Glasgow is definitely a town for the young, and it supports a thriving community of artists and musicians.
From Glasgow, we also took a day trip to the New Lanark Mills. In the 18th century, planners built a model village there with the mill powered by the water from the River Clyde. Along with a nature preserve, the area is a World Heritage Site. We hiked along a trail that gives great view of a series of waterfalls on the Clyde as we climbed.
We made it to the top, where some volunteers provided a peregrine falcon watching post. We felt triumphant that we could spot, through the telescope, the poor female. She was waiting for her mate to return, like all women for the men in their lives.
Later when my husband, David Hartung, wandered out on his own, he enjoyed a visit to the Kelvingrove Museum in Glasgow, a place that combines science and art. The museum contains a World War II Spitfire airplane, as well as snakes and paintings.
He was taken with Edward Bourne-Jones' "Danae or the Tower of Brass," a beautiful example of pre-Raphaelite art. He also thought Salvador Dali's "Christ of St. John of the Cross" well deserved its own alcove in the museum.
He said this museum "is mandatory for kids and old farts."
Reluctantly we left Glasgow, but the islands were calling. Because Staffa is uninhabited, we chose to stay on the island of Iona, a place with its own rich history. Iona is probably where The Book of the Kells was begun.
We took a combination of buses and ferries. I was amazed at how smoothly and quickly each link in our travel chain knitted up. In fact, we were off our first boat before I got to enjoy it properly.
Our bus driver had amazing skills. He navigated the bus on a single-track road. The bus was usually the biggest vehicle on the road. Smaller vehicles had to back up and give way. The countryside was beautiful, with streams of water pouring off the mountains.
As we disembarked from our last and extremely short boat ride, we could see our hotel, The Argyll, coming into view. It is a pretty place with a great view of the water, the Sound of Iona. A glass-enclosed porch is part of the dining room, so you can look out onto the water during meals. The Argyll is tastefully decorated, and the food was great.
Several companies offer tours to Staffa, and most will promise you one hour on the island. Our captain and his first mate were both kind and knowledgeable. A fellow passenger from California was a birder, and he was thrilled to be able to check off some rare birds on his lifetime list after we landed on Staffa.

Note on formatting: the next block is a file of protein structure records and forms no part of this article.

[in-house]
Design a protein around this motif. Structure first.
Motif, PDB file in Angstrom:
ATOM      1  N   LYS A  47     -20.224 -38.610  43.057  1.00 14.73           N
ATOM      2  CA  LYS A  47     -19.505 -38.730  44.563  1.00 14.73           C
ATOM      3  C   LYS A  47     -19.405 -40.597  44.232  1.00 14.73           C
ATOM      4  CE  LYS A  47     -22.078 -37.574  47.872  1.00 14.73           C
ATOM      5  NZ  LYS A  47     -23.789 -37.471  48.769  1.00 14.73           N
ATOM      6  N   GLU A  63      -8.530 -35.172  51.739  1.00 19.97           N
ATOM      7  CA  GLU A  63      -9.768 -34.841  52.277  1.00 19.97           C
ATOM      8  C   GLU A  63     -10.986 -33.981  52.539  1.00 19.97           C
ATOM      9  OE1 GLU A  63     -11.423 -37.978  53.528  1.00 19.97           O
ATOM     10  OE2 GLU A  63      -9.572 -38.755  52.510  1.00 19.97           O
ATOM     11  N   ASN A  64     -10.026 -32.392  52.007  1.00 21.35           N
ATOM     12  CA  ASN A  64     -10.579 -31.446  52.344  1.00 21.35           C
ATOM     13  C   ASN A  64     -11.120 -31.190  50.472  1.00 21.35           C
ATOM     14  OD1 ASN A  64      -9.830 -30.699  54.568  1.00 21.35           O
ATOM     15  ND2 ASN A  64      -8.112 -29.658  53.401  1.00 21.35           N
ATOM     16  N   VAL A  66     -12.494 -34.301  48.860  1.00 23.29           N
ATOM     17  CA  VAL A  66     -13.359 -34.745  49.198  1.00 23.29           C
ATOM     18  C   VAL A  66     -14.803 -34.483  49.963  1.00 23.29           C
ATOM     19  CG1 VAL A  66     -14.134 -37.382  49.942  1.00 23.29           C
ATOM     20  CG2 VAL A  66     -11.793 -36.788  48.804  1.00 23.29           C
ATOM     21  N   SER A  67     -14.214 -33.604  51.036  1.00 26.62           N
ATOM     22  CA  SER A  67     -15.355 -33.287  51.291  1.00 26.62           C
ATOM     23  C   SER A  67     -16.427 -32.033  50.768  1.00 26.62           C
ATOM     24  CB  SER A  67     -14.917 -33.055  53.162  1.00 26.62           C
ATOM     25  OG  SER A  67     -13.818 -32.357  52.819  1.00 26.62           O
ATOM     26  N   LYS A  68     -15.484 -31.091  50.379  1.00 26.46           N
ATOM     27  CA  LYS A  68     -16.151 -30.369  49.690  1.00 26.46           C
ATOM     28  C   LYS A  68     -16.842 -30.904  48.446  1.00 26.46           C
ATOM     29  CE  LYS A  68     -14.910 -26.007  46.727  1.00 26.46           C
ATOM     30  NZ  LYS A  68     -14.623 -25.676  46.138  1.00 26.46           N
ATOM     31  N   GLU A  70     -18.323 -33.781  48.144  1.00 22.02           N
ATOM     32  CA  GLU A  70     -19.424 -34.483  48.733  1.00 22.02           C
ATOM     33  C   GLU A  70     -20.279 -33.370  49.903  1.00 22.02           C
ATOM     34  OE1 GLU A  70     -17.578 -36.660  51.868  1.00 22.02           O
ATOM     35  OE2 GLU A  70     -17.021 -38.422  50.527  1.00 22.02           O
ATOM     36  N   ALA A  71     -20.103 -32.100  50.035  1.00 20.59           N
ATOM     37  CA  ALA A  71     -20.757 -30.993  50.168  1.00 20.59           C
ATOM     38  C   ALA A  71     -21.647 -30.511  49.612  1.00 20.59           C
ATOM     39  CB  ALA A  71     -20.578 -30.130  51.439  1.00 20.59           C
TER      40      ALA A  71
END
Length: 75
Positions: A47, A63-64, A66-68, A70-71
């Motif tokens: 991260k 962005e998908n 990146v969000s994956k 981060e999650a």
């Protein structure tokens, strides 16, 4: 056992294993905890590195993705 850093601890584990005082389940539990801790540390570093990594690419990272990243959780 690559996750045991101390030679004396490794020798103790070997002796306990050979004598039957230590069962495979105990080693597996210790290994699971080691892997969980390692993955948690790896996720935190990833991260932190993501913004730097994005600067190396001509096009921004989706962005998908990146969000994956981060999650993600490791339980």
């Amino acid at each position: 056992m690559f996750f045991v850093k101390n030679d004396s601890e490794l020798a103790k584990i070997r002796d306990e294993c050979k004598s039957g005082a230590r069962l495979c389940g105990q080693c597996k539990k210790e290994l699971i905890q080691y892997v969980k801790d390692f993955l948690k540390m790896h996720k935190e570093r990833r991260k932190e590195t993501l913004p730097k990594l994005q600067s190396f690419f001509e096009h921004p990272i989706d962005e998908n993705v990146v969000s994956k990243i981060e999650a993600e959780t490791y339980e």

The great English writer Samuel Johnson and his Scottish acolyte James Boswell traveled to the same islands, and they wrote about it in "A Journey to the Western Islands of Scotland & the Journal of a Tour of the Hebrides." I like to study up for any trip, and I enjoyed reading about their visit to Fingal's Cave by candlelight.
As soon as I set foot on Staffa, I knew one hour would not be enough. We walked immediately to the side that led to the cave. Our birder friends explored the top of the island.
Before leaving home, I had listened to Felix Mendelssohn's Hebrides overture. He wrote this music after visiting Fingal's Cave in 1829. I know you can think of the waves making music. But what a thrill to hear those waves making their booming crash inside the cave. I sang inside the cave, too, just to hear the effect against the cave walls.
The sides of the cave were pink and black with splashes of a vibrant yellow in the ceiling. I could have stayed watching the colors and listening to the waves for more than an hour, but we wanted to see some of its top side too.
The island is covered in moss, grass and wildflowers, and it is home to many birds. We hiked around a bit -- we would have loved to have walked more, but our hour was waning.
At various points on the island, you can look out to see the velvet green of Staffa, the blue of the sky and the endless roll of the water.
To make a wonderful day even better, we saw a school of bottlenose dolphins on our return trip. They were having a great time and breached the water to show off. At one point, five breached at once.
I did not want to leave Staffa and Iona, but we came to another beautiful Scottish town, Oban. If we get to return to Scotland, I would like to stay longer in each place. We only spent one day and night in Oban, and its attractiveness deserves more time.
Oban is a port town, famous for its fishing. We enjoyed a beautiful day hiking up to McCaig's Tower. This gave us views of water and other islands in the distance as we gained height. Like West Virginia, the area is covered in beautiful rhododendron, and Oban has some elegant stone houses.
We stayed in a small bed and breakfast. The woman who opened her home to us shares the same name, MacFarland, as the street that runs down one side of the Charleston Newspapers building. When I told her that, she said, "So, you will remember me."
We know we want to return to Scotland. It offers islands of beauty, music at any hour of the day, and art that reverberates through the centuries. What more could one want? Simply more.
Williams is a retired Gazette-Mail reporter.